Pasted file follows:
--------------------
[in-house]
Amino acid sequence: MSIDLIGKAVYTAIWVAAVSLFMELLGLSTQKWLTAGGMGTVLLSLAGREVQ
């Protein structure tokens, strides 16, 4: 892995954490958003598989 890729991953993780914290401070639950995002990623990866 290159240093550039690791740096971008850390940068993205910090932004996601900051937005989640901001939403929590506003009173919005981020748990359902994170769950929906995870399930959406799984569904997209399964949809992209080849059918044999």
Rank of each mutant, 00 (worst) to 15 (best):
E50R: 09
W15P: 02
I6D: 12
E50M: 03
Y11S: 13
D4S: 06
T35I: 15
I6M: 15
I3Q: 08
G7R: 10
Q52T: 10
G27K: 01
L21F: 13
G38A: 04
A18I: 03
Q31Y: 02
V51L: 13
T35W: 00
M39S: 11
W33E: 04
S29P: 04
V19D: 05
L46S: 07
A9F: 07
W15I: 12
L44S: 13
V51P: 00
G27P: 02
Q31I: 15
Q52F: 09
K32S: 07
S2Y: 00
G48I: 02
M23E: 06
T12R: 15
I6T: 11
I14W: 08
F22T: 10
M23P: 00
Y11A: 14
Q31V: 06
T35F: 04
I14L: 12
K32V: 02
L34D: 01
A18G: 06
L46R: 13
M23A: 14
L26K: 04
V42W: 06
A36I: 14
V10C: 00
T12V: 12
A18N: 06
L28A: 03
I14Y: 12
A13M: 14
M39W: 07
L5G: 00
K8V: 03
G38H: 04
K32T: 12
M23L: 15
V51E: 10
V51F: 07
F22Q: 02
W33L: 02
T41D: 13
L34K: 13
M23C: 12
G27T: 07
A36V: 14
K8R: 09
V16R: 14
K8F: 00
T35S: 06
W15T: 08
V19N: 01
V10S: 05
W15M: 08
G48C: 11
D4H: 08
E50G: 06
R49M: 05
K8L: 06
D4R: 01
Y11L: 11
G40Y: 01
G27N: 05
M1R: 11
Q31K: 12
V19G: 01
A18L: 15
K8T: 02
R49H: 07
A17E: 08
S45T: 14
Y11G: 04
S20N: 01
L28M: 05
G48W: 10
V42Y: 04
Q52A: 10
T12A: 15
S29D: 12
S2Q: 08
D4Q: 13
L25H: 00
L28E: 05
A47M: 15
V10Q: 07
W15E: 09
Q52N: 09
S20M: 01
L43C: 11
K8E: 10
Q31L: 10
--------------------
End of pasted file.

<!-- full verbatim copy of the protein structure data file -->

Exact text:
[in-house]
Amino acid sequence: MSIDLIGKAVYTAIWVAAVSLFMELLGLSTQKWLTAGGMGTVLLSLAGREVQ
């Protein structure tokens, strides 16, 4: 892995954490958003598989 890729991953993780914290401070639950995002990623990866 290159240093550039690791740096971008850390940068993205910090932004996601900051937005989640901001939403929590506003009173919005981020748990359902994170769950929906995870399930959406799984569904997209399964949809992209080849059918044999």
Rank of each mutant, 00 (worst) to 15 (best):
E50R: 09
W15P: 02
I6D: 12
E50M: 03
Y11S: 13
D4S: 06
T35I: 15
I6M: 15
I3Q: 08
G7R: 10
Q52T: 10
G27K: 01
L21F: 13
G38A: 04
A18I: 03
Q31Y: 02
V51L: 13
T35W: 00
M39S: 11
W33E: 04
S29P: 04
V19D: 05
L46S: 07
A9F: 07
W15I: 12
L44S: 13
V51P: 00
G27P: 02
Q31I: 15
Q52F: 09
K32S: 07
S2Y: 00
G48I: 02
M23E: 06
T12R: 15
I6T: 11
I14W: 08
F22T: 10
M23P: 00
Y11A: 14
Q31V: 06
T35F: 04
I14L: 12
K32V: 02
L34D: 01
A18G: 06
L46R: 13
M23A: 14
L26K: 04
V42W: 06
A36I: 14
V10C: 00
T12V: 12
A18N: 06
L28A: 03
I14Y: 12
A13M: 14
M39W: 07
L5G: 00
K8V: 03
G38H: 04
K32T: 12
M23L: 15
V51E: 10
V51F: 07
F22Q: 02
W33L: 02
T41D: 13
L34K: 13
M23C: 12
G27T: 07
A36V: 14
K8R: 09
V16R: 14
K8F: 00
T35S: 06
W15T: 08
V19N: 01
V10S: 05
W15M: 08
G48C: 11
D4H: 08
E50G: 06
R49M: 05
K8L: 06
D4R: 01
Y11L: 11
G40Y: 01
G27N: 05
M1R: 11
Q31K: 12
V19G: 01
A18L: 15
K8T: 02
R49H: 07
A17E: 08
S45T: 14
Y11G: 04
S20N: 01
L28M: 05
G48W: 10
V42Y: 04
Q52A: 10
T12A: 15
S29D: 12
S2Q: 08
D4Q: 13
L25H: 00
L28E: 05
A47M: 15
V10Q: 07
W15E: 09
Q52N: 09
S20M: 01
L43C: 11
K8E: 10
Q31L: 10